I’ve been reading a few of these posts about Inbox 2.0 and the “Biggest Social Graphs” and they line up with some things I’ve been thinking as well. I’ve posted two blurbs recently on email and social networking – you can read them here and here.
Overall, I do agree that email inboxes do contain a lot of interesting data about people and how frequently they communicate over email and potentially IM if a vendor offers both products in an integrated fashion. That being said, I don’t see how any of the top web email providers (Microsoft, Yahoo, and Google) can use this email information to build new social networking products. There is, however, an opportunity to use that data to power other people’s applications.
What additional value would I get in using one of these systems over Facebook, MySpace, or my current social network of choice? Details on these products are sketchy at best. However, almost any social networking product worth its salt has a contact importer. Once a user imports his/her contacts, he or she can then determine who from that subset of people he/she would like to invite. Is having a machine prompt to do this for personal social networking of great value? I can see the utility of this auto-population or auto-discovery in a work context (Xobni does do a good job of showing me my own correspondence patterns and I can imagine many things you could build on top of that data – the work use case is different as I think work communication patterns tend to be more dynamic than personal ones). Nothing I’ve heard in the limited details that have come out gives me reason to think that they’re on to something bigger.
I’d also say that if “powering up” this network requires me to create a new profile page, it’s a non-started. I’m out of that business for now unless or until I see a really great application that’s worth the time.
Webmail inboxes are a mess – I have yet to use an email product that has an even decent address book. All of the email address book offerings from the Big 3 email providers feel really dated. For example, the Gmail address book does not do a very good job of de-duplicating contacts. I have folks in my address book who have multiple entries and I’m not interested in going through to manually de-duplicate them; I’m counting on a machine to do that for me.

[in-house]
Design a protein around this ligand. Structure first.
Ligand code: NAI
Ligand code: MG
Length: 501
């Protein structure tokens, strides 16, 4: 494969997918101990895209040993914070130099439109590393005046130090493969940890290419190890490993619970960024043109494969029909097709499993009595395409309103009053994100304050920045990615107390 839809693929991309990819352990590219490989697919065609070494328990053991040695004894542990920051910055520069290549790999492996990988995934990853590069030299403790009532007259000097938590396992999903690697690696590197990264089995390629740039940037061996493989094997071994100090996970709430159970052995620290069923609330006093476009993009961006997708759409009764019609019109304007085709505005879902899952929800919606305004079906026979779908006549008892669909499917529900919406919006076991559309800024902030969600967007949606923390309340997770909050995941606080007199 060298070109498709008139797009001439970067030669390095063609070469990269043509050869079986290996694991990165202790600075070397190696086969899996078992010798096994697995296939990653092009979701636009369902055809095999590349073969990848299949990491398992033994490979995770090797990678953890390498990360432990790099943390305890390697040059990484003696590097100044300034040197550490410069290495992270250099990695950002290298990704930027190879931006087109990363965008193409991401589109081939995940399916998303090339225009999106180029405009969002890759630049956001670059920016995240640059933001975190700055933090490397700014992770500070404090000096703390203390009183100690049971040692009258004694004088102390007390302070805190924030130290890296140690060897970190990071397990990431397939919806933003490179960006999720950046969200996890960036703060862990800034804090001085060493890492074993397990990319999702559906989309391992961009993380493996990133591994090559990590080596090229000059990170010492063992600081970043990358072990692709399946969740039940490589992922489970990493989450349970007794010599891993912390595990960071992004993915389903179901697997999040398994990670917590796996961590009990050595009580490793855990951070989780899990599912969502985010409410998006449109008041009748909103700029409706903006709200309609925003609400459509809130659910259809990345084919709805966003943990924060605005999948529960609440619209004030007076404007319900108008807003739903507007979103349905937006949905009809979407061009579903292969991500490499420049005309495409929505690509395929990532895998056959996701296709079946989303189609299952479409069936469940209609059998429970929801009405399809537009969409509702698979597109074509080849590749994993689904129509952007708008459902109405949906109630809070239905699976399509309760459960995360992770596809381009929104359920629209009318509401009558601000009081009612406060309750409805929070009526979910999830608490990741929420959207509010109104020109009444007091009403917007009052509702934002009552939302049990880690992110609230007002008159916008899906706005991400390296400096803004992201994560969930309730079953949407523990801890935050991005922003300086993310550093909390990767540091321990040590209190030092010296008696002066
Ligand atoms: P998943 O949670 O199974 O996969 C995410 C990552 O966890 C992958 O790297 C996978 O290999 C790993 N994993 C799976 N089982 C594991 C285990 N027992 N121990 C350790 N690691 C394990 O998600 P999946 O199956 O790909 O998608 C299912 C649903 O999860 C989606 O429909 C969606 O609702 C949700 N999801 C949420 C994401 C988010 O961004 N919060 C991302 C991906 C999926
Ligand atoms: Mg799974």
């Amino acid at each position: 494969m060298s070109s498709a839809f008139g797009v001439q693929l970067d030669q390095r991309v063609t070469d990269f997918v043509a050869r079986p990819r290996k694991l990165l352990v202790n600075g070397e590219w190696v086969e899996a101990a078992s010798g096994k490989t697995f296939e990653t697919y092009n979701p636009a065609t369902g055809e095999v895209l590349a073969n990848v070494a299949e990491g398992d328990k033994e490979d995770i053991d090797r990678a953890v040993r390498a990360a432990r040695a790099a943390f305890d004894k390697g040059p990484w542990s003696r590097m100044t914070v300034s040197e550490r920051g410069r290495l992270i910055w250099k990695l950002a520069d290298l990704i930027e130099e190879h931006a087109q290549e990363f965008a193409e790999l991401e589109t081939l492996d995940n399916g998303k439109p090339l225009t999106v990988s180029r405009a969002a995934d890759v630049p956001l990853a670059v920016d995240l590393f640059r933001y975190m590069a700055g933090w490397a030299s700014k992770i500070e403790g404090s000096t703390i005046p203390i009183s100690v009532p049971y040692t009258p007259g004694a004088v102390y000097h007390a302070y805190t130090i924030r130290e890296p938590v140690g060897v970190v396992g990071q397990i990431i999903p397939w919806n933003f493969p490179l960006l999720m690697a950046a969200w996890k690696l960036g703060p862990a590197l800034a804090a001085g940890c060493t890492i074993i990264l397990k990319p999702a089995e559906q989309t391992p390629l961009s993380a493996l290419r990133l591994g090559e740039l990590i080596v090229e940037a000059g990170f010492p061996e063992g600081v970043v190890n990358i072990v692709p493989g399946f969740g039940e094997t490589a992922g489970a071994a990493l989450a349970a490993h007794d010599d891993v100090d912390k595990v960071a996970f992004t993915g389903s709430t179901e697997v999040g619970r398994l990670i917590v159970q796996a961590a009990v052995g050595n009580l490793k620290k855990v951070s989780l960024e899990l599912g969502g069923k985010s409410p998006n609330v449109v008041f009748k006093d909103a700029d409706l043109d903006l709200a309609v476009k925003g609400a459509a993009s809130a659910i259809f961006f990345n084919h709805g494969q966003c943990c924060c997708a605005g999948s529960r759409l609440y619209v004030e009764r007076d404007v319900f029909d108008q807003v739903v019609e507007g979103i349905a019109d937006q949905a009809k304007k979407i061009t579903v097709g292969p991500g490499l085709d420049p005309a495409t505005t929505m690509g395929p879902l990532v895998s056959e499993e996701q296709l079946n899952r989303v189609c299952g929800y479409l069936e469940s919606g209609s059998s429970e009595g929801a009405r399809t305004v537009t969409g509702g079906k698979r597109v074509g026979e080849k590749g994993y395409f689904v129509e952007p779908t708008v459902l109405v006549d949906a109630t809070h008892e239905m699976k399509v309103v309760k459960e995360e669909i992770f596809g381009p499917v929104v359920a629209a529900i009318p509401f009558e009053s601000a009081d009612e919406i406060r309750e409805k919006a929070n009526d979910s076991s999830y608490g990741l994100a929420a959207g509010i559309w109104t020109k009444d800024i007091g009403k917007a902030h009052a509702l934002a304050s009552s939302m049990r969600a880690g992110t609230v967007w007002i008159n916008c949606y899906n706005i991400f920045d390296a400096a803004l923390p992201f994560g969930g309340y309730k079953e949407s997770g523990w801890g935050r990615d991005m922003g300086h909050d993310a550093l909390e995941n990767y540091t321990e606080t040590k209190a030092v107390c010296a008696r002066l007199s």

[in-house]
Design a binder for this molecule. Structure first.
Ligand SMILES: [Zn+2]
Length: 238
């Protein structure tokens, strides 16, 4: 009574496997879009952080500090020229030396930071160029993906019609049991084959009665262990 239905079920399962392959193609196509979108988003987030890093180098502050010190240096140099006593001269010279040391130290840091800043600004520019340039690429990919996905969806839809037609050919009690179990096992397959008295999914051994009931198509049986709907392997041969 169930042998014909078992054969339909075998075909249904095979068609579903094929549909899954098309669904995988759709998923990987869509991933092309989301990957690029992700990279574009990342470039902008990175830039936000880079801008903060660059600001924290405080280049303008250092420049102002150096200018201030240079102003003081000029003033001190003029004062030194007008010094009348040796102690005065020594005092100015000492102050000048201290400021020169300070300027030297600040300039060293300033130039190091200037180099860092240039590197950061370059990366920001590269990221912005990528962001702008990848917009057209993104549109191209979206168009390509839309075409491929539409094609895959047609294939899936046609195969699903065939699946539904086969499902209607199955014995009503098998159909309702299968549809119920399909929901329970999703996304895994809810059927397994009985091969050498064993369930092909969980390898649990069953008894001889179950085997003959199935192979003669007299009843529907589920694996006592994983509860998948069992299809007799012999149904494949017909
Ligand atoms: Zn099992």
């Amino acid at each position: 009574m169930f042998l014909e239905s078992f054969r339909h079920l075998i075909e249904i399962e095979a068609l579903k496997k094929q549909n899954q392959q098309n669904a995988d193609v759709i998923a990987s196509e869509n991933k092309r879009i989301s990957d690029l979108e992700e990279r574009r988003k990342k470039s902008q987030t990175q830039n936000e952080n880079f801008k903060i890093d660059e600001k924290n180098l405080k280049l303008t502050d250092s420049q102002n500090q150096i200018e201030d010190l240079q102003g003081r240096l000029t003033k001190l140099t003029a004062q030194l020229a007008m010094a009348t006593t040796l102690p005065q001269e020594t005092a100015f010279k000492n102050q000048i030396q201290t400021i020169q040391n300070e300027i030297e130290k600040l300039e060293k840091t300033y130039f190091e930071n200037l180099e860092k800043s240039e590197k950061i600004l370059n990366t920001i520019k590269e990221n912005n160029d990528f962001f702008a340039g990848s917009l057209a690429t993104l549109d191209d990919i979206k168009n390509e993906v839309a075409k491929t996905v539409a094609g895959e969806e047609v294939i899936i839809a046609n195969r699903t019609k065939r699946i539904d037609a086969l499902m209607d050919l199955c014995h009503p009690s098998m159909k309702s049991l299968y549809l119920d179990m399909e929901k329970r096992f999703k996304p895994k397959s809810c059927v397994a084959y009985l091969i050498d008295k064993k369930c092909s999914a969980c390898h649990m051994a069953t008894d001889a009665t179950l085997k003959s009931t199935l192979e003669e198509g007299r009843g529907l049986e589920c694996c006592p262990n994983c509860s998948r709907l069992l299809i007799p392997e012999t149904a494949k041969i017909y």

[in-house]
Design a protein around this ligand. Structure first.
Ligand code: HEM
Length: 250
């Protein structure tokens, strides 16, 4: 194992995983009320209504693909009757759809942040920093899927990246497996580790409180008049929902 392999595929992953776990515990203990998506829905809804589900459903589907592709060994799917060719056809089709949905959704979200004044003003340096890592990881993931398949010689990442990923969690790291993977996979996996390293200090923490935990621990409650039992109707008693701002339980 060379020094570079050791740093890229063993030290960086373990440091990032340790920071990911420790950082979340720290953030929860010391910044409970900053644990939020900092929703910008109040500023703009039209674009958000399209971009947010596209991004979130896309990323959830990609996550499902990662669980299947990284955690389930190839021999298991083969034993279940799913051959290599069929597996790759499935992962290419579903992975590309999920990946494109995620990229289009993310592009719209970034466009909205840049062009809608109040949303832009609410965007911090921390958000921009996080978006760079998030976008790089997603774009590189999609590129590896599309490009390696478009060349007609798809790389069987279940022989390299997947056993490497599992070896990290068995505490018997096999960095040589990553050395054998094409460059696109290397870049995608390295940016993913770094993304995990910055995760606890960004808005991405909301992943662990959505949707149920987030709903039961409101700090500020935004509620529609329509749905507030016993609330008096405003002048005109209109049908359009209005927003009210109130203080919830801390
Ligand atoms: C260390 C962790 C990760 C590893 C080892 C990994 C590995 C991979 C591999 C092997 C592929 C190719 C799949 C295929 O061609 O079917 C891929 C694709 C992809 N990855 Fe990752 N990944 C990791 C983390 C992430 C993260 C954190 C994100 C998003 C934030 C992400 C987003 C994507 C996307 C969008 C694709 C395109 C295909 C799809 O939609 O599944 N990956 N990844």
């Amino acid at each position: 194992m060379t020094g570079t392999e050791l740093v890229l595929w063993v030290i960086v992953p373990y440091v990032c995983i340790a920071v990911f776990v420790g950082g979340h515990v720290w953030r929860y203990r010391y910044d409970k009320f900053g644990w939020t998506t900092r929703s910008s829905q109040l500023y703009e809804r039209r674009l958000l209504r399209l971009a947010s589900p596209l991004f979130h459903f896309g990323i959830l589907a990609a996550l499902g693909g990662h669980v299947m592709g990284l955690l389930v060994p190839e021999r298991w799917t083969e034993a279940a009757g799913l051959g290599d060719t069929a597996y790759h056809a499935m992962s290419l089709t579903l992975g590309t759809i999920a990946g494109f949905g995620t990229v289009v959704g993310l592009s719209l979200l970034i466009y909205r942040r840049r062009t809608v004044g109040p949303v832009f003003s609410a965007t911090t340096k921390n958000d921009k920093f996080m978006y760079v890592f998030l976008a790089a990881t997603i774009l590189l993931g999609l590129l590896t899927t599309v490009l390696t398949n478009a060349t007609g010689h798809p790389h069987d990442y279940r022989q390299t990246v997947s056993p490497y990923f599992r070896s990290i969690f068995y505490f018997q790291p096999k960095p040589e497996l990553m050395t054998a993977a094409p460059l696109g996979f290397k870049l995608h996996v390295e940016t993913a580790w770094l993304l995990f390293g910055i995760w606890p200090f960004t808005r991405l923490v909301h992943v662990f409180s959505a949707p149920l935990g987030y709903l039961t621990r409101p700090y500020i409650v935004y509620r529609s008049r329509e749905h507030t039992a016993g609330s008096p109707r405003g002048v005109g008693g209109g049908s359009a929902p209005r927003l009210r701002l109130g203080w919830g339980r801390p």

The larger point here is that I don’t know how you can build a really good, effective social networking product on top of email if you don’t do something to put some good, quality structure around the data. Social networking services who are sucking up email addresses to match a user’s inbox with their database of contacts don’t have the same problem – you just throw away the ones that don’t match (or allow a user to invite them). It’s a very different situation if you want to build a whole new social network product with email as the foundation.
Cross-functional collaboration is not easy inside of large companies – This is a fairly obvious point, but big companies are notorious for having internal challenges when it comes to cross-product collaboration. When one of the products in question is email, I don’t imagine that will be an easy conversation – nobody wants to play around with an interface that touches tens or hundreds of millions worldwide.
Think about the refresh cycles for webmail systems. How often do Gmail, Yahoo Mail, or Hotmal get updated? Not that often, and I have to think that touching those interfaces requires a lot of signoff and a strong conviction that the proposed changes will positively impact a wide number of people. Otherwise, you might end up with angry users. I have a hard time seeing any of these companies acting aggressively with one of their web crown jewels.
The end game ought to be to make this information available to other services and make mail the data platform, not build new applications. Sadly, I don’t think that’s a very interesting business to be in – I don’t know how you re-establish yourself as a major player in social networking by simply providing the data layer that powers other applications.